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Re: ``Shut-up and Hack!"

From: Luis Araujo
Subject: Re: ``Shut-up and Hack!"
Date: Sat, 12 Aug 2006 18:53:26 -0400
User-agent: Thunderbird (X11/20060805)

 Jonathan S. Shapiro wrote:
> In my opinion, the reasons we are still in the C/C++ world for OS's are
> as follows:
>   1. More modern languages all rely on GC. GC does not get along with
>      real time or DMA, media applications are important, and they
>      rely on both.
>   2. Legacy apps are written in these languages. Even if you write your
>      core system in something else, you need to be able to support the
>      C/C++ runtime environment for apps. This creates a legacy/fusion
>      problem in your architecture.
>   3. There is no compelling performance reason to choose a safe language
>      and language-enforced safety in preference to C and address spaces.
>      In fact, the Singularity numbers show that the costs are, at best,
>      equivalent.
>   4. The majority of alternatives rely on JIT compilers. A high
>      performance JIT compiler is easily 10x the complexity of a fast
>      microkernel, and takes *years* longer to develop.
>      Singularity is a notable exception to this statement, because they
>      chose to omit dynamic loading and also to compile in advance. Their
>      compiler is still within the TCB, but it can be removed from the
>      TCB for most purposes if the typed assembly language stuff works
>      out. They also gave up the class loader idea, which was a VERY good
>      decision. Class loaders are completely unnecessary if the OS has
>      a decent application domain model.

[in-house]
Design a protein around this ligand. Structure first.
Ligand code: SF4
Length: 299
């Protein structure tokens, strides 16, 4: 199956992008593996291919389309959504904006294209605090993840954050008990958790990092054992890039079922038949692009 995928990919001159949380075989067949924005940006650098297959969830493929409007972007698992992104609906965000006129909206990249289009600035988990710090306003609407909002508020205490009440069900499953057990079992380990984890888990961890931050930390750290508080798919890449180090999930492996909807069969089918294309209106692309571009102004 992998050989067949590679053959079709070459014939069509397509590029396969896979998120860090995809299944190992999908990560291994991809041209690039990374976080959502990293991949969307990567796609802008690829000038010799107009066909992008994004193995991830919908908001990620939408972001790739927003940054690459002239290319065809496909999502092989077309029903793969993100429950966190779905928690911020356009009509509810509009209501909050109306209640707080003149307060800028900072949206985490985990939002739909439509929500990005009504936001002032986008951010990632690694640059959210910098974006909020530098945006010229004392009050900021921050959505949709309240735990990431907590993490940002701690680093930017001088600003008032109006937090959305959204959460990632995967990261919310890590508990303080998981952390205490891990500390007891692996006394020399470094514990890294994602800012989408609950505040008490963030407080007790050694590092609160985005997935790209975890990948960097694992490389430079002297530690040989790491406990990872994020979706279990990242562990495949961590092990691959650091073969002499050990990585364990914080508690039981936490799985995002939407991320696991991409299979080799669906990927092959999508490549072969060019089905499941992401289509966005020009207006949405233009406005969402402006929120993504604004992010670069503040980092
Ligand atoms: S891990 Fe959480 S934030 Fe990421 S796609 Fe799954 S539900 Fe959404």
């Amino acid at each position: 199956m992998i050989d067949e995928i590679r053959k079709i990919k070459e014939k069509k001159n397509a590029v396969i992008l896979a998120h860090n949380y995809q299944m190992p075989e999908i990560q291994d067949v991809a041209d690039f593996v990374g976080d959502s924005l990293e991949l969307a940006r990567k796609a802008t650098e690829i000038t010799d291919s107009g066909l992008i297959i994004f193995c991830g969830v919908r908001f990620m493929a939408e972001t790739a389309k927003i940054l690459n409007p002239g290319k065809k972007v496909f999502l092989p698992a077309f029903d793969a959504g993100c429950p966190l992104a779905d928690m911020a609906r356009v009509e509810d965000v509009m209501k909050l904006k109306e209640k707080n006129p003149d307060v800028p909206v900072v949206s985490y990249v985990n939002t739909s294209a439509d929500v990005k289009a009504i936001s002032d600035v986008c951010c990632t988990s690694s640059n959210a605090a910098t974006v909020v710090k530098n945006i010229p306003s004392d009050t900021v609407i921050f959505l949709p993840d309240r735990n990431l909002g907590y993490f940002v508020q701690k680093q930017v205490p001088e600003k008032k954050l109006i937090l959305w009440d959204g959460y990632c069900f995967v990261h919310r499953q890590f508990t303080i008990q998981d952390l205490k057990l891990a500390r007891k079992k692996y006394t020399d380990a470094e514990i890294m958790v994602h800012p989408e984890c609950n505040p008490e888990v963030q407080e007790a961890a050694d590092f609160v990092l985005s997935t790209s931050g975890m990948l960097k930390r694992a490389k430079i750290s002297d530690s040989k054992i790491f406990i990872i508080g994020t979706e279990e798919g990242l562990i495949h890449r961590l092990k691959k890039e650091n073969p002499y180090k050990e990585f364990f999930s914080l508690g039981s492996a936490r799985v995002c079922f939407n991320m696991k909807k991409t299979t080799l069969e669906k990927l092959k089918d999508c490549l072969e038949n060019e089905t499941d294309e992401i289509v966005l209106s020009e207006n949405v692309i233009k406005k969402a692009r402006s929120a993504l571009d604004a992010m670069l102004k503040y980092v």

I agree with you here, though i think these all points are like saying "electrical cars are not an option because we don't have any way to burn the fuel..."

>   5. In the absence of a compelling advantage, the risk of adopting new
>      technology isn't justified **if** it doesn't already exist in
>      established form.

I doubt we would have reached our current state of technology (at any level) if this were true.

> So the real question is: is there some market where the benefit might be
> compelling so that the new technology can be demonstrated? More
> precisely: where the benefit of new technology is so clear that the cost
> of developing the new technology while simultaneously supporting the
> legacy technology is justified.

I think the real question is, What kind of OS do we want to use within 10 years? ...

> Perhaps the answer is yes, but identifying that market is a very
> challenging thing to do. It took us 10 years for the EROS/Coyotos stuff
> to figure out the right initial market.

Market thinking can become in one of the most dangerous things for innovations.

As a sidenote, briefly referring to John Ousterhout , when he talks about scripting programming:

"They give up execution speed and strength of typing relative to system programming languages but provide significantly higher programmer productivity and software reuse."

.. and i think that if the OS researching community wants to go anywhere (further than unix-limited clones) , it will have to "give up" some things ... which ones? , well, that is what we have to find ... but i think that performance (at least initially) , will sadly have to be one of them unless you want to keep stuck (current state in my opinion).

And so, in this regard, i think the programming language community is making more progress than us (they have been able to give up more than us)... why not to ask for a bit of help?.



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